Max Planck Institute. Sequencing of ancient DNA and genomes honoured as scientific breakthrough
One of the 2016 Breakthrough Prizes in Life Sciences was bestowed to Max Planck director Svante Pääbo for pioneering the sequencing of ancient DNA and ancient genomes, thereby illuminating the origins of modern humans, our relationships to extinct relatives such as Neanderthals, and the evolution of human populations and traits. The seven prizes, each endowed with 3 Million US dollars, were awarded on 8 November in Silicon Valley, USA.
Born in Stockholm, Sweden, in 1955, Svante Pääbo studied Egyptology, Russian and history of science at the University of Uppsala from 1975 and medicine from 1977, before earning his doctorate in cell biology in 1986. He continued his research at the University of Zurich’s Institute of Molecular Biology II, at the Imperial Cancer Research Fund in London and in the Biochemistry Department at the University of California in Berkeley. Pääbo came to Germany in 1990, where he was initially Professor of General Biology and Zoology at LMU Munich. Since 1997 he has headed the Department of Evolutionary Genetics at the Max Planck Institute for Evolutionary Anthropology in Leipzig.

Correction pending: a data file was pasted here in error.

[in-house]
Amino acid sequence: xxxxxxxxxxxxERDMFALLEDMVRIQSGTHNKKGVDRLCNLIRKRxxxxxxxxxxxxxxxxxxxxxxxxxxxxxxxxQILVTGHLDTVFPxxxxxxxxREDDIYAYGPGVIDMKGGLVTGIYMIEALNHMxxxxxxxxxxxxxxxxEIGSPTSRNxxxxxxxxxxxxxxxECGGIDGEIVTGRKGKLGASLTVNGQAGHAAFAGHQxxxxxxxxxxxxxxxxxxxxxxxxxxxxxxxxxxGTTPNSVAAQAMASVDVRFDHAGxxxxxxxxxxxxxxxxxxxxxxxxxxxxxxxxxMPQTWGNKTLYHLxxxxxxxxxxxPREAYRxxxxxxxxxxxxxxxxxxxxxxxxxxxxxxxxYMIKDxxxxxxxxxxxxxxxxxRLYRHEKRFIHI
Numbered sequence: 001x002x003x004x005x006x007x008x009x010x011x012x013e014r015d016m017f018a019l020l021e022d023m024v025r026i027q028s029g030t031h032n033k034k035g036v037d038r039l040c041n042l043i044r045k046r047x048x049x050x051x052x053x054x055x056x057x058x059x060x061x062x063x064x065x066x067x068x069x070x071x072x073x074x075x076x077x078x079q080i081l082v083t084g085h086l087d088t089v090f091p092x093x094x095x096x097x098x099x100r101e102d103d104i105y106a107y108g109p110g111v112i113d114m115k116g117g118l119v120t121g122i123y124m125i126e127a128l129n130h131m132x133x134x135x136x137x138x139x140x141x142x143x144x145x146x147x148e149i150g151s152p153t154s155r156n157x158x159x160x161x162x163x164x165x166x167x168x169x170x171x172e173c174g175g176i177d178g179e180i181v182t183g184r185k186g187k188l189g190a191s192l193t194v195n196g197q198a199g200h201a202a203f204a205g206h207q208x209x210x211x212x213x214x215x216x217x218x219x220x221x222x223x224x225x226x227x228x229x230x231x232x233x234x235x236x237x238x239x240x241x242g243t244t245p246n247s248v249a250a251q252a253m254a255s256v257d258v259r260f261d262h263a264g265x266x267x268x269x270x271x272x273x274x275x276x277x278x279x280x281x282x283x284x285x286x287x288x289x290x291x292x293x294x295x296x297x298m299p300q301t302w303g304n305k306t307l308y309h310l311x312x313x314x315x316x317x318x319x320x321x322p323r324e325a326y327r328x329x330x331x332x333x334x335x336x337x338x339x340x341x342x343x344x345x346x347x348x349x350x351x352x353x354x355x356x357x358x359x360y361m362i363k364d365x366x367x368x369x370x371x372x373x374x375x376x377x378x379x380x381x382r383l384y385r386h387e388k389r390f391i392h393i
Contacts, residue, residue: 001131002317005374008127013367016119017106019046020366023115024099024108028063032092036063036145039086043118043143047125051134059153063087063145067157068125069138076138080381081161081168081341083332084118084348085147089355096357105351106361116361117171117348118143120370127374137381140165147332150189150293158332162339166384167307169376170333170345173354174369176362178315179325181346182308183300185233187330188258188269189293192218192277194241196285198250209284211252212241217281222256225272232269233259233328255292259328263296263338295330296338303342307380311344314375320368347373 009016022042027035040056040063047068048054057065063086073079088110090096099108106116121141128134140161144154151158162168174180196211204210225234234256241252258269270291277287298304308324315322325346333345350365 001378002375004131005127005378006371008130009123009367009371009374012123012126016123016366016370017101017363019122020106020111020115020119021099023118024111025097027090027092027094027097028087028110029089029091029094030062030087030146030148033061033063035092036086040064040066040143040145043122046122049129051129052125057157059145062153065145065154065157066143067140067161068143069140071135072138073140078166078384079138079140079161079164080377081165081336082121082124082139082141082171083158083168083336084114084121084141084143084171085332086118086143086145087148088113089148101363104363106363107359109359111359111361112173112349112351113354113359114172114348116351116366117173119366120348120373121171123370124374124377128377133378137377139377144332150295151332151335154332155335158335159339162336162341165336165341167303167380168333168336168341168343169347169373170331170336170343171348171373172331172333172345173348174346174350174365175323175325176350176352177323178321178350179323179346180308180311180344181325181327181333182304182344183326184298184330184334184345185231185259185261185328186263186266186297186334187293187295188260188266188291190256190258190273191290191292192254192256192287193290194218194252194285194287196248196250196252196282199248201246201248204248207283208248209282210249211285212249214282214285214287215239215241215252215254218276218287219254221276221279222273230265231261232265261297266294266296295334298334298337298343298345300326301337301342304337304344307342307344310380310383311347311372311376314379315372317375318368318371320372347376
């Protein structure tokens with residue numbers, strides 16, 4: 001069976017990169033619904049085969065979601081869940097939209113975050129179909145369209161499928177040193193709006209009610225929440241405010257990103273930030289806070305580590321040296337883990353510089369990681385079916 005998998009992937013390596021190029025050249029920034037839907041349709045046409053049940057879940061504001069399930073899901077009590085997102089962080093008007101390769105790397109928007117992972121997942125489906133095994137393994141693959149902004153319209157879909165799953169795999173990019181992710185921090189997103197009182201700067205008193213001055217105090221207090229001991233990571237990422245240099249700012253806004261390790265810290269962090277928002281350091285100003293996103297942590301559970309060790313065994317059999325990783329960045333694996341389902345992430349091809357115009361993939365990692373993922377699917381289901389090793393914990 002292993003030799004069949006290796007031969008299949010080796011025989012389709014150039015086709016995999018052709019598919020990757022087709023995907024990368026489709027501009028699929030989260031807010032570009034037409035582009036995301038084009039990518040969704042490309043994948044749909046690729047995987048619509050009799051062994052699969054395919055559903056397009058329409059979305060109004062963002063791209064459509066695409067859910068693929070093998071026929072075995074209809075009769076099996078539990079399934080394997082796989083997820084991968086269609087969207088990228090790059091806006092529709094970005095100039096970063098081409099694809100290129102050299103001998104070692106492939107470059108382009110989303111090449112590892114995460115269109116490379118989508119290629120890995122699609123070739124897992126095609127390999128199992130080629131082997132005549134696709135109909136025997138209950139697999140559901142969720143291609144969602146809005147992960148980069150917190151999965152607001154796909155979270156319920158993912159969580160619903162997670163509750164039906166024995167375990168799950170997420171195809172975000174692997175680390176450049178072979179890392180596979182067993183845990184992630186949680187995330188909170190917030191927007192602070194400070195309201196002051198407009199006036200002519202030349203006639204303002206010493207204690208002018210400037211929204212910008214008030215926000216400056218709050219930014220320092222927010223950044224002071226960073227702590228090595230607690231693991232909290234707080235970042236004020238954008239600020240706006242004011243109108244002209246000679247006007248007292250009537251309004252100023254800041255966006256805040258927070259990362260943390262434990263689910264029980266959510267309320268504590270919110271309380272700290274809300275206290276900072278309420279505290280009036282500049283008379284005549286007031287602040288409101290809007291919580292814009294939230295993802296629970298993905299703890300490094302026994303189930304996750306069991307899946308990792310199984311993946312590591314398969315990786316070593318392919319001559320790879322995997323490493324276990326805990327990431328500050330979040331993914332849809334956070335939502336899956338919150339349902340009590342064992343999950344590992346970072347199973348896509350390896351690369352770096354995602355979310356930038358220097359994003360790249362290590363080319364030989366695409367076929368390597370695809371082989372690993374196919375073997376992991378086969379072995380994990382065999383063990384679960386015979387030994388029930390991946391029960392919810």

The Breakthrough Prize was initiated in 2012 by Sergey Brin (Google) and Mark Zuckerberg (Facebook), among others. The prize was created to honour great scientists and their ground-breaking discoveries in the research areas Life Sciences, Physics and Mathematics.
Fraunhofer IZI. The new biotech start-up in Leipzig, Germany, aims to improve diagnosis and therapy of complex diseases such as cancer, chronic inflammatory and infectious diseases. First planned products are tests for diagnosis and prognosis of prostate cancer that offer higher accuracy compared to conventional processes. […]